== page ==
The Bank of Canada has created a perfect storm for house prices

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by Shaun Richards

One of the curious impacts of the Covid-19 pandemic has been the boom in house prices we have seen in so many places. If you think of the economic disruption and declines the economic theory would have predicted falls but that was before economic policy both monetary and fiscal stepped up to the plate. One clear example of this has been Canada which ended the week with its latest official house price data.

Nationally, new home prices were up 11.9% year over year in July, with the house structure (+14.1%) rising more than the land (+6.7%).

So we see another country with double-digit house price growth. In this instance it adds to a previous issue which is probably why the statistics office opened with this.

New home prices in Canada (composite of 27 census metropolitan areas) grew at their slowest pace since December 2020.

That theme has been picked up by the financial media but it begs more than a few questions.

Nationally, new home prices were up 0.4% in July. Prices in Toronto (+0.2%) and Vancouver (+0.3%), Canada’s most expensive cities, grew at a slower pace than the national average.

Actually if that rate of growth persisted and gave us 5% per annum it would still be way too much for the economic circumstances. But I guess that some have got so used to the increases they can no longer apply logic.

Explanation Time

Back in April the Bank of Canada was more revealing than it intended with this.

At the start of the COVID‑19 pandemic, Canada was facing two significant and interrelated financial vulnerabilities: imbalances in the housing market and elevated household indebtedness.

So the housing market was already in a mess as the central bankers faced the prospect of their worst nightmare of falling house prices and trouble for the banks via their mortgage book liabilities.

The Response

These two vulnerabilities had the potential to amplify the devastating economic impacts of the pandemic and create additional stress across the Canadian financial system. But with the help of unprecedented policy measures—including direct income support and debt payment deferrals—this risk has so far been avoided.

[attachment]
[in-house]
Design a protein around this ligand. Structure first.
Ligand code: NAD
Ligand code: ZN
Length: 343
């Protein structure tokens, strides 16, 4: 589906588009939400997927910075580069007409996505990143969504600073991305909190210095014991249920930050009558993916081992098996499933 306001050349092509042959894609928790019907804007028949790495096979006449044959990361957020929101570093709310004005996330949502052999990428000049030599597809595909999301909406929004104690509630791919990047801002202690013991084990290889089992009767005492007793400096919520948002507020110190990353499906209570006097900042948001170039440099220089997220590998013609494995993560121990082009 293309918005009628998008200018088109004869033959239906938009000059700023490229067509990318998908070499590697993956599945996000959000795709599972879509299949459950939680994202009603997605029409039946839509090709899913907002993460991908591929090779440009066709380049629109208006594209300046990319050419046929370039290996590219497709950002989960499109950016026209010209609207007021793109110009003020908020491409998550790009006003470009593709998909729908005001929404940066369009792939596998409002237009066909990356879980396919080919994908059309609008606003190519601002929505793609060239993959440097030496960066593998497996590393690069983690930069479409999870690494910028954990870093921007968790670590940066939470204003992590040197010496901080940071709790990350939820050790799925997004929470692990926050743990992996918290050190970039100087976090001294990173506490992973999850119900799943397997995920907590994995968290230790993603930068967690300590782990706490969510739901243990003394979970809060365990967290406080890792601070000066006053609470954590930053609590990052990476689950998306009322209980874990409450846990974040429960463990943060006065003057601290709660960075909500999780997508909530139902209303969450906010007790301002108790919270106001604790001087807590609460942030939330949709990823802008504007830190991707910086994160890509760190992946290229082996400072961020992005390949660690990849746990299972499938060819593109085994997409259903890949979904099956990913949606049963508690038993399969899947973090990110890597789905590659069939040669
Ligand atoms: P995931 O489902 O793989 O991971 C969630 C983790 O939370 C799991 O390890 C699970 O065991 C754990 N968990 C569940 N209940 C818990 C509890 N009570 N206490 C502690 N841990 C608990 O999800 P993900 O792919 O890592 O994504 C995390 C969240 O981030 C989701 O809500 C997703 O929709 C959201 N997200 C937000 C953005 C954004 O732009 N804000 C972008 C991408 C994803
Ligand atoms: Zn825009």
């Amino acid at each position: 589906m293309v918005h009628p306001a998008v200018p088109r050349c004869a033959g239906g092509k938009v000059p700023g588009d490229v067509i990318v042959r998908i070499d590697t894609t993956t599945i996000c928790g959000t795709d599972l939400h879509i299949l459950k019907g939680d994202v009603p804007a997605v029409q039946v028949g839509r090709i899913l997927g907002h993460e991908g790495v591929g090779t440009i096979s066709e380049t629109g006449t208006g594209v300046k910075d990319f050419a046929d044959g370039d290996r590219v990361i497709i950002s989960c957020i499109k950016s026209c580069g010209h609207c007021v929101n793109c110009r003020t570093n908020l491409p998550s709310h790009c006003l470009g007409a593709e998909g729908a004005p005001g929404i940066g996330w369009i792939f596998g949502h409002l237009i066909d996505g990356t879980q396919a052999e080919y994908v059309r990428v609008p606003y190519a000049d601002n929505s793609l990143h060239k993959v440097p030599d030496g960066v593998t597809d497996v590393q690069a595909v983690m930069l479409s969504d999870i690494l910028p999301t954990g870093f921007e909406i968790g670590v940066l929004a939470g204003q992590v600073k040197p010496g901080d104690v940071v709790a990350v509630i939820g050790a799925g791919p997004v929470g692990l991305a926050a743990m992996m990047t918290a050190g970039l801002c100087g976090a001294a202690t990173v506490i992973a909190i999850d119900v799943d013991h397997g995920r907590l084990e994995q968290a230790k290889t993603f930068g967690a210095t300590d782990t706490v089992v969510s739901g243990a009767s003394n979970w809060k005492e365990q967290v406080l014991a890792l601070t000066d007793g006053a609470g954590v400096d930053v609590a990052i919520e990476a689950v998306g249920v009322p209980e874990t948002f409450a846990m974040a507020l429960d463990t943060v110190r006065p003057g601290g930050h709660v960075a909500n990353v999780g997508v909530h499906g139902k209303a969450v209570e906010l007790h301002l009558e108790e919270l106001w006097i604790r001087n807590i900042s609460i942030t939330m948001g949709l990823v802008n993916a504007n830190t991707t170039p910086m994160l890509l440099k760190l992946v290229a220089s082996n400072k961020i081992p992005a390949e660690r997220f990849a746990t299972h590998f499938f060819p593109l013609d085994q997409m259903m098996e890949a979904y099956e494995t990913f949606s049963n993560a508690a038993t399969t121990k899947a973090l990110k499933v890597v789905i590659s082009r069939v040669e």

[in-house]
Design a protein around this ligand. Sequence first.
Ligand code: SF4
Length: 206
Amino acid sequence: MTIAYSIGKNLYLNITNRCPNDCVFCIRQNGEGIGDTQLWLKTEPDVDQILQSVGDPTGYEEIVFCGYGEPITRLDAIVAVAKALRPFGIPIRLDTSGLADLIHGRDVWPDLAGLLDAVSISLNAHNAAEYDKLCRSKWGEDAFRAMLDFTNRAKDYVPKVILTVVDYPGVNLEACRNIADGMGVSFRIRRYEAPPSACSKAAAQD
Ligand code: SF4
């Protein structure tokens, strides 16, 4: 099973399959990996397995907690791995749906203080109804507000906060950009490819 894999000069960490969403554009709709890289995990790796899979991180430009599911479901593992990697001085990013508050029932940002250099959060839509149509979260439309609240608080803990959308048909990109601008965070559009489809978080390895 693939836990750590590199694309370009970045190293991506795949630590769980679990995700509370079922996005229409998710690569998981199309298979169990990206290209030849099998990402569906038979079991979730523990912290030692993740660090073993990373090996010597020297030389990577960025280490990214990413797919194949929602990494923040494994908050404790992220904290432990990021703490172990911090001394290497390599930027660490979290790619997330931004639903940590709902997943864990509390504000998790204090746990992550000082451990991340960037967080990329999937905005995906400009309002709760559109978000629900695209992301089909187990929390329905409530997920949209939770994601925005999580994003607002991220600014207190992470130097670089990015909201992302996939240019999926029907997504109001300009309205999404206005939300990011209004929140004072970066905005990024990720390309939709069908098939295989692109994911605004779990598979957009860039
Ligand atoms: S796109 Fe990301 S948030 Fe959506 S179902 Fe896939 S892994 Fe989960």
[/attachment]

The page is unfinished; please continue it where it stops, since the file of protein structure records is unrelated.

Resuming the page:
You may note that they point out government moves whereas many will concentrate on its own actions in March last year.

The Bank of Canada today lowered its target for the overnight rate by 50 basis points to ¼ percent.

That was on March 27th and was the third 0.5% interest-rate cut in that month as the overnight rate was slashed from 1.75% to 0.25%. It obviously did not believe that was enough as we also got this on the same day.

Second, to address strains in the Government of Canada debt market and to enhance the effectiveness of all other actions taken so far, the Bank will begin acquiring Government of Canada securities in the secondary market. Purchases will begin with a minimum of $5 billion per week, across the yield curve.

So short-tern interest-rates and longer term ones were targeted then on the 30th we saw that not only was the price of credit being aimed at but so was the quantity of it, and the emphasis is mine.

The STLF is one of several facilities the Bank of Canada has put in place to support liquidity in the financial system. Under the STLF, eligible financial institutions can borrow from the Bank of Canada by pledging a broad set of collateral, including mortgages. This improves their ability to fund new lending.

The same problem

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Returning to the research paper we see that whilst there is a brief effort at hyping wealth effects they are trying to get out of a hole by digging.

Strength in the housing market is contributing to Canada’s economic recovery from the pandemic. But it may also be intensifying housing market imbalances and household indebtedness.